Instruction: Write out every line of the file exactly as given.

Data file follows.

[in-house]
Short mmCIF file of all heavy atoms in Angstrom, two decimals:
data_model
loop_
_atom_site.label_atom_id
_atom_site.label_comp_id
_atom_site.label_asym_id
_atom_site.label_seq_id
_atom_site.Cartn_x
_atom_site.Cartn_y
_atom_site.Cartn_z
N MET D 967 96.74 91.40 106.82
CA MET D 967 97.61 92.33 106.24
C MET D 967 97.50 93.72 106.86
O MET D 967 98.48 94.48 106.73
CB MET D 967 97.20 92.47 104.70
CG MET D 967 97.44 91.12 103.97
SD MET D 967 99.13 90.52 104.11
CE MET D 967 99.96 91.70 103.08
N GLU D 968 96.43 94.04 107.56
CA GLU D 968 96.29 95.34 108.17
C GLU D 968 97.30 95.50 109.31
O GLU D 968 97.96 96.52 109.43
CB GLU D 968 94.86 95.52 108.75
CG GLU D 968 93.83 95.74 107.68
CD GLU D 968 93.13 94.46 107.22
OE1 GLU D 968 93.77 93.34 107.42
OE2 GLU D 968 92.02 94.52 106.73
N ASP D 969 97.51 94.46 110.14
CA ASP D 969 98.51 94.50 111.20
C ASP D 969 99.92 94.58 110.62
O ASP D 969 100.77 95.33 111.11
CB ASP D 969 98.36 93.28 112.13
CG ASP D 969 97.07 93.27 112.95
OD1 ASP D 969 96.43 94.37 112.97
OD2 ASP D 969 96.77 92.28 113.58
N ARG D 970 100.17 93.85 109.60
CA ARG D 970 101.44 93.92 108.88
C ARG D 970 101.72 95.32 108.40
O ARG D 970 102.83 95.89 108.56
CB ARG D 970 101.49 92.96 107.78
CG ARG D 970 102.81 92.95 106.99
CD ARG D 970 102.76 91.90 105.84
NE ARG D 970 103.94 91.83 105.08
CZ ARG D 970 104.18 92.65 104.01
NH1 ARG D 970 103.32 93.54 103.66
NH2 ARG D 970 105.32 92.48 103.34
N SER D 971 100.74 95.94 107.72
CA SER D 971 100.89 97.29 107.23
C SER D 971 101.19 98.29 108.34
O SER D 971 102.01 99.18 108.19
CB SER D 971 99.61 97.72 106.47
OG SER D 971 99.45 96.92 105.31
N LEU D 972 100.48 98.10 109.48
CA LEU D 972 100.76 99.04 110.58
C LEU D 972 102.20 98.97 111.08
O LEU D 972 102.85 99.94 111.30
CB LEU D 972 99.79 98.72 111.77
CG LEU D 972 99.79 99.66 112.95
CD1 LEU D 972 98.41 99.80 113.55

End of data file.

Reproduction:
[in-house]
Short mmCIF file of all heavy atoms in Angstrom, two decimals:
data_model
loop_
_atom_site.label_atom_id
_atom_site.label_comp_id
_atom_site.label_asym_id
_atom_site.label_seq_id
_atom_site.Cartn_x
_atom_site.Cartn_y
_atom_site.Cartn_z
N MET D 967 96.74 91.40 106.82
CA MET D 967 97.61 92.33 106.24
C MET D 967 97.50 93.72 106.86
O MET D 967 98.48 94.48 106.73
CB MET D 967 97.20 92.47 104.70
CG MET D 967 97.44 91.12 103.97
SD MET D 967 99.13 90.52 104.11
CE MET D 967 99.96 91.70 103.08
N GLU D 968 96.43 94.04 107.56
CA GLU D 968 96.29 95.34 108.17
C GLU D 968 97.30 95.50 109.31
O GLU D 968 97.96 96.52 109.43
CB GLU D 968 94.86 95.52 108.75
CG GLU D 968 93.83 95.74 107.68
CD GLU D 968 93.13 94.46 107.22
OE1 GLU D 968 93.77 93.34 107.42
OE2 GLU D 968 92.02 94.52 106.73
N ASP D 969 97.51 94.46 110.14
CA ASP D 969 98.51 94.50 111.20
C ASP D 969 99.92 94.58 110.62
O ASP D 969 100.77 95.33 111.11
CB ASP D 969 98.36 93.28 112.13
CG ASP D 969 97.07 93.27 112.95
OD1 ASP D 969 96.43 94.37 112.97
OD2 ASP D 969 96.77 92.28 113.58
N ARG D 970 100.17 93.85 109.60
CA ARG D 970 101.44 93.92 108.88
C ARG D 970 101.72 95.32 108.40
O ARG D 970 102.83 95.89 108.56
CB ARG D 970 101.49 92.96 107.78
CG ARG D 970 102.81 92.95 106.99
CD ARG D 970 102.76 91.90 105.84
NE ARG D 970 103.94 91.83 105.08
CZ ARG D 970 104.18 92.65 104.01
NH1 ARG D 970 103.32 93.54 103.66
NH2 ARG D 970 105.32 92.48 103.34
N SER D 971 100.74 95.94 107.72
CA SER D 971 100.89 97.29 107.23
C SER D 971 101.19 98.29 108.34
O SER D 971 102.01 99.18 108.19
CB SER D 971 99.61 97.72 106.47
OG SER D 971 99.45 96.92 105.31
N LEU D 972 100.48 98.10 109.48
CA LEU D 972 100.76 99.04 110.58
C LEU D 972 102.20 98.97 111.08
O LEU D 972 102.85 99.94 111.30
CB LEU D 972 99.79 98.72 111.77
CG LEU D 972 99.79 99.66 112.95
CD1 LEU D 972 98.41 99.80 113.55